The tool of coerced nationalism and its deployment by populists around the world, which ironically never feels coerced, is also a ready-made and ‘simple solution’ for complex issues which promises to be country’s virtue and, in the end, also serves as an easy escape from governmental failure in name of people’s allegiance for the country. The phenomenon of coerced nationalism also translates into toxic nationalism when it becomes more of hero-worshippism as the world has seen in the past and is encountering even now.
In India, Tagore was evidently against nationalism as he believed that the notion of internationalism which must prevail over all mankind, and which must be founded on the human ethics of simplicity, beauty and unanimity with others at the level of both, individuals and nations. In his criticism of nationalism, Tagore has been influenced by the incidence of cruelty, and indignity perpetrated by the Western nations against what he called the philosophy of “No-Nations”. In this regard, he explicitly challenged those manifestations of the non-violent movement for independence which had the effect of generating hatred against the British.
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We must also note that the notion of Nationalism in its current form has moved from being “emancipatory” to “conservative”. The symbols of conservativeness are readily seen in the modern day Indian political landscape. In the midst of equating a religious majority into a political majority, today India is flirting with illiberal constitutional democratic values through conservativism. In India, fanatic nationalists make an attempt to equate democracy and majoritarianism i.e., the pursuance of a permanent unbeatable majority which would place large groups in power forever to achieve the idea that, “The philosophy based upon a broad agreement that the majority should set the goals of Indian state.” The government therefore seems to translate a religious majority into a political majority and gain electoral benefits with Hindu or negative Nationalism.
“Nationalism is a feeling that one’s country is superior to another in all respects, while patriotism is merely a feeling of admiration for a way of life.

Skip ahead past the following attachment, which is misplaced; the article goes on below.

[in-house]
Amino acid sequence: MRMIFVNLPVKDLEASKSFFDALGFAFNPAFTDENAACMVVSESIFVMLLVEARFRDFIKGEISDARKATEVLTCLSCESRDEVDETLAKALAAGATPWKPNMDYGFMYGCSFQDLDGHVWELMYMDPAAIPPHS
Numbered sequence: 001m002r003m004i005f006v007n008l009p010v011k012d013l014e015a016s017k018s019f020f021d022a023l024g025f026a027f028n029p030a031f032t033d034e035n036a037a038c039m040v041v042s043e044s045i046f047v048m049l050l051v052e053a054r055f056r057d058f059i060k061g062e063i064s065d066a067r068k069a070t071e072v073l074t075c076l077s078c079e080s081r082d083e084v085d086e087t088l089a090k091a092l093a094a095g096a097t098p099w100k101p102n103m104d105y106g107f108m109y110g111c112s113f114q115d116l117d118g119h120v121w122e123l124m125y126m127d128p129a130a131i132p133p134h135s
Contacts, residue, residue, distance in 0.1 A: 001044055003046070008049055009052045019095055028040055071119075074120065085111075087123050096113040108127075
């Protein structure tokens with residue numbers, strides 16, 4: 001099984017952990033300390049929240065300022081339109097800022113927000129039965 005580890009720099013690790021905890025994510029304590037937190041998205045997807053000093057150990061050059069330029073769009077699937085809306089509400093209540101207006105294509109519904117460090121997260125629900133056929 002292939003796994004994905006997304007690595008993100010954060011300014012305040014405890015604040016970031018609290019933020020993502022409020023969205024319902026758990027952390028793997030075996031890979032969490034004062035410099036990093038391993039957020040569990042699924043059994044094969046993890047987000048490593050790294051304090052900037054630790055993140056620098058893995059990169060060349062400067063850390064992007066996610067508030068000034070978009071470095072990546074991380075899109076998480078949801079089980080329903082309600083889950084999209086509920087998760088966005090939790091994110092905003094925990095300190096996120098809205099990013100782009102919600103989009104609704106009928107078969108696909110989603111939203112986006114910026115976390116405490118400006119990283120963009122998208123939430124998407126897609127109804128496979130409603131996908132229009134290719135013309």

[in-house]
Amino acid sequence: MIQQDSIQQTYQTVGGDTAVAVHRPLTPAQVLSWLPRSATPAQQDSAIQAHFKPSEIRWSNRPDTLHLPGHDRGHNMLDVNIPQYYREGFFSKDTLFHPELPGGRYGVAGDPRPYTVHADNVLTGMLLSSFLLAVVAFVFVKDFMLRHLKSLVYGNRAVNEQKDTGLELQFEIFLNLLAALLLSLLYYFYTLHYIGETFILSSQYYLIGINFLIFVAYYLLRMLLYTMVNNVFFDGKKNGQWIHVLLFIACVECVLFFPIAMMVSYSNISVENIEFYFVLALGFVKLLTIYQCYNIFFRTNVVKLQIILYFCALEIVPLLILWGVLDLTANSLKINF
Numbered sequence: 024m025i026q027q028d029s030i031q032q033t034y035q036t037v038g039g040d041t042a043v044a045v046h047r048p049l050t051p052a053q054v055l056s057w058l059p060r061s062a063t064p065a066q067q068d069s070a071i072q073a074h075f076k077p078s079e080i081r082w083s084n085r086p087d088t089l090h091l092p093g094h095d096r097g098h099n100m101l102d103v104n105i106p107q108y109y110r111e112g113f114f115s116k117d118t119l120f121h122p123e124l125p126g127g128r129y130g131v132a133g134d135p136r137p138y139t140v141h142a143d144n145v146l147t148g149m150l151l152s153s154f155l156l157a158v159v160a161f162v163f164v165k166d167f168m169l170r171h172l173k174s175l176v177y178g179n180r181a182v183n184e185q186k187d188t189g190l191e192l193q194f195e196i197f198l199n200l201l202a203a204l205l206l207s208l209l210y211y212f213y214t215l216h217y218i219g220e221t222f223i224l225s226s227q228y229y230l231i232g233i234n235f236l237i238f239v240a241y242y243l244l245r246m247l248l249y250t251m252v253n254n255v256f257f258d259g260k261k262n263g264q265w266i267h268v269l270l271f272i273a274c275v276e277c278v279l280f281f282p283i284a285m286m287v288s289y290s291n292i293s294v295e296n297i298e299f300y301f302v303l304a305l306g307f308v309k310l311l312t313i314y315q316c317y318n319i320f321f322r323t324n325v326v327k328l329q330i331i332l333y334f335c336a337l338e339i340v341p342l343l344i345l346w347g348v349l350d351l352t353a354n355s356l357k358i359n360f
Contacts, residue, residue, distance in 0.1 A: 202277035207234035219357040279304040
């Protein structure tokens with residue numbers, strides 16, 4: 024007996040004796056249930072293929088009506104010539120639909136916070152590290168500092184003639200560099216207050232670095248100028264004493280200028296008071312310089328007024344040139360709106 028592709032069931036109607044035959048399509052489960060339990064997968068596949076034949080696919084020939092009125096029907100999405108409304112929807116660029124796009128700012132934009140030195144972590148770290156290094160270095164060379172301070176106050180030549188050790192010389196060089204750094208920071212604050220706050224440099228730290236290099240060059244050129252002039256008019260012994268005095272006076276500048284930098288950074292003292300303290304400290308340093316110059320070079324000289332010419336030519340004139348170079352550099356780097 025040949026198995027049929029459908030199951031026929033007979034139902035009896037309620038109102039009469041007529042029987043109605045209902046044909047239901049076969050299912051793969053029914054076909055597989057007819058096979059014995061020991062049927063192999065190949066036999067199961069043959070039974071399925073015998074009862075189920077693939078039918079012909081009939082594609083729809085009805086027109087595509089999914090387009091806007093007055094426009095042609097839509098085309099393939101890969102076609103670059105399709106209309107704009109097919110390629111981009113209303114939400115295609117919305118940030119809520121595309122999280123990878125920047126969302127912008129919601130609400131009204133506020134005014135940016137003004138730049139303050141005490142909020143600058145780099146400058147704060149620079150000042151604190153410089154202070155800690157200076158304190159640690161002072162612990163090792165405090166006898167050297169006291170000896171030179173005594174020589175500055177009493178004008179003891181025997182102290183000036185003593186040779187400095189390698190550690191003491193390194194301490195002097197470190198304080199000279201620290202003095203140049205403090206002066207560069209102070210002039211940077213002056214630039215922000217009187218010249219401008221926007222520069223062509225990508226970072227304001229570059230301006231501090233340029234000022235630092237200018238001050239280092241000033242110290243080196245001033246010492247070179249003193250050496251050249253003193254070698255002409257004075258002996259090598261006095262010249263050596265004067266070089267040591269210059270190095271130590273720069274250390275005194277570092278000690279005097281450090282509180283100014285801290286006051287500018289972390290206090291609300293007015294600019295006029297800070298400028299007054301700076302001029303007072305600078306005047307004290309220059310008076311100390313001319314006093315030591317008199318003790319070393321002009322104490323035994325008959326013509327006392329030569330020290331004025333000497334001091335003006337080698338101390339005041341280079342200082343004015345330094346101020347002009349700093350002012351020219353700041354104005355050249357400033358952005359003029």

In the celebration of 75 years of Independence one must look back at the rich discourse around mindless nationalistic ideals and sober patriotic beliefs for our country. It is time to reflect and understand that coerced nationalism does more harm to Subedar Puneet and many more like him, who are honest, dedicated, taxpaying and patriotic individuals, rather than gain. It is time to not fall prey for forced nationalistic paraphernalia used by populist leaders only for electoral gains. The inclusiveness of liberal democratic spirit of India is at the verge of a great fall from which a retreat would be a monumental task for us as a nation. The eradication of intent of questioning is final virtue of coerced nationalism, the intent of questioning is manifestation of patriotism.
“The phenomenon of coerced nationalism also translates into toxic nationalism when it becomes more of hero-worshippism as the world has seen in the past and is encountering even now.
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The Indian flag or the patriotism associated with it is integral to our own being and it is time we resist its appropriation by fringe, reclaim it. So, if you don’t spot a tiranga on the rooftop, try looking in the heart for it and redeem yourself; Redeem our India.
(The author would like to express gratitude towards Gautam Kumar for his insights in curating this article. Major excerpts of this article are taken from the author’s own research paper published by National Law University, Delhi available here.)